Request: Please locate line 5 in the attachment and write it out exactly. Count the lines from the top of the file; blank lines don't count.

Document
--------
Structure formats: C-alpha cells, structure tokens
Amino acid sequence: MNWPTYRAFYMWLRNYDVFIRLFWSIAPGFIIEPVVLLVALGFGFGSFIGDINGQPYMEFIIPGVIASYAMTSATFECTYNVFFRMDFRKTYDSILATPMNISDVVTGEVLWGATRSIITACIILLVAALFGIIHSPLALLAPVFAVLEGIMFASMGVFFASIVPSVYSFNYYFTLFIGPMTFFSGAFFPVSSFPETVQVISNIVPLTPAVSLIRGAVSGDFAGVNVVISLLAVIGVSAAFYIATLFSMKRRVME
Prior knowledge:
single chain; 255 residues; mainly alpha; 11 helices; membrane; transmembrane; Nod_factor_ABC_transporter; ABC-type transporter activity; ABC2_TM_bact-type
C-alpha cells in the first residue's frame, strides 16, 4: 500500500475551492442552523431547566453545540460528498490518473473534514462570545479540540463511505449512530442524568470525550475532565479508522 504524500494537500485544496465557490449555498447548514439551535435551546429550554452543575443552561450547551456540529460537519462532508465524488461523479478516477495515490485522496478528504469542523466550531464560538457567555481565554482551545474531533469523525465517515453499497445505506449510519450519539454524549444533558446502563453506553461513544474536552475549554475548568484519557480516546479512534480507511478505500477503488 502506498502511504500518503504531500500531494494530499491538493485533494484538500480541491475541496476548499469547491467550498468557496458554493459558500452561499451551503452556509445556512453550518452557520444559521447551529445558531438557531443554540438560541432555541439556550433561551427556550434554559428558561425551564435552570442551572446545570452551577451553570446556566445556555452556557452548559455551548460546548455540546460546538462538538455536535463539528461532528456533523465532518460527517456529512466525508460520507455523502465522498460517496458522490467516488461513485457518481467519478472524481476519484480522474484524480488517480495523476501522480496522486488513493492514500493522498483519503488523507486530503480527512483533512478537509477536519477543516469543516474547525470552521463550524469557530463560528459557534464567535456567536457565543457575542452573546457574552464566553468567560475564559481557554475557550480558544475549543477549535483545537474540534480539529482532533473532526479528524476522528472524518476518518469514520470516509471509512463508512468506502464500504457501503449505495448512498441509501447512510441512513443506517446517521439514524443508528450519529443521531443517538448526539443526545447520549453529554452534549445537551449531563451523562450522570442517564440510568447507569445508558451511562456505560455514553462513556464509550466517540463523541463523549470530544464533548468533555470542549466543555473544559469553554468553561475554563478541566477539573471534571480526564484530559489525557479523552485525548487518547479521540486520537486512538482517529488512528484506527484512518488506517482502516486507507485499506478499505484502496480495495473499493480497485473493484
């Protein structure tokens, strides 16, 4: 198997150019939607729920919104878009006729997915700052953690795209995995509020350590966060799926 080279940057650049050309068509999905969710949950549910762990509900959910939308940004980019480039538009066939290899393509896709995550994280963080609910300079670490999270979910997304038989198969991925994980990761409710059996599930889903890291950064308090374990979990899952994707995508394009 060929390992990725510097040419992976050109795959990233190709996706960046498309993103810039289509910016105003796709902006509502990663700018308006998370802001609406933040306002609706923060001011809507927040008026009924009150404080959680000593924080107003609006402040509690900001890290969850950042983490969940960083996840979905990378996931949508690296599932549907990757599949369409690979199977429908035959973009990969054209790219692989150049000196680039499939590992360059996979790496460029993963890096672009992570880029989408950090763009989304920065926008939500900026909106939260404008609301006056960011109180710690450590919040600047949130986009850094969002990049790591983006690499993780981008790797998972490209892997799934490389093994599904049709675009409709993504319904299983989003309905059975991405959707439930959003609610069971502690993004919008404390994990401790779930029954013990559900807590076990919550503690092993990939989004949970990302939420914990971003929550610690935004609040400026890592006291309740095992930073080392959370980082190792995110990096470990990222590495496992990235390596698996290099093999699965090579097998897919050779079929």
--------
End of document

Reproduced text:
C-alpha cells in the first residue's frame, strides 16, 4: 500500500475551492442552523431547566453545540460528498490518473473534514462570545479540540463511505449512530442524568470525550475532565479508522 504524500494537500485544496465557490449555498447548514439551535435551546429550554452543575443552561450547551456540529460537519462532508465524488461523479478516477495515490485522496478528504469542523466550531464560538457567555481565554482551545474531533469523525465517515453499497445505506449510519450519539454524549444533558446502563453506553461513544474536552475549554475548568484519557480516546479512534480507511478505500477503488 502506498502511504500518503504531500500531494494530499491538493485533494484538500480541491475541496476548499469547491467550498468557496458554493459558500452561499451551503452556509445556512453550518452557520444559521447551529445558531438557531443554540438560541432555541439556550433561551427556550434554559428558561425551564435552570442551572446545570452551577451553570446556566445556555452556557452548559455551548460546548455540546460546538462538538455536535463539528461532528456533523465532518460527517456529512466525508460520507455523502465522498460517496458522490467516488461513485457518481467519478472524481476519484480522474484524480488517480495523476501522480496522486488513493492514500493522498483519503488523507486530503480527512483533512478537509477536519477543516469543516474547525470552521463550524469557530463560528459557534464567535456567536457565543457575542452573546457574552464566553468567560475564559481557554475557550480558544475549543477549535483545537474540534480539529482532533473532526479528524476522528472524518476518518469514520470516509471509512463508512468506502464500504457501503449505495448512498441509501447512510441512513443506517446517521439514524443508528450519529443521531443517538448526539443526545447520549453529554452534549445537551449531563451523562450522570442517564440510568447507569445508558451511562456505560455514553462513556464509550466517540463523541463523549470530544464533548468533555470542549466543555473544559469553554468553561475554563478541566477539573471534571480526564484530559489525557479523552485525548487518547479521540486520537486512538482517529488512528484506527484512518488506517482502516486507507485499506478499505484502496480495495473499493480497485473493484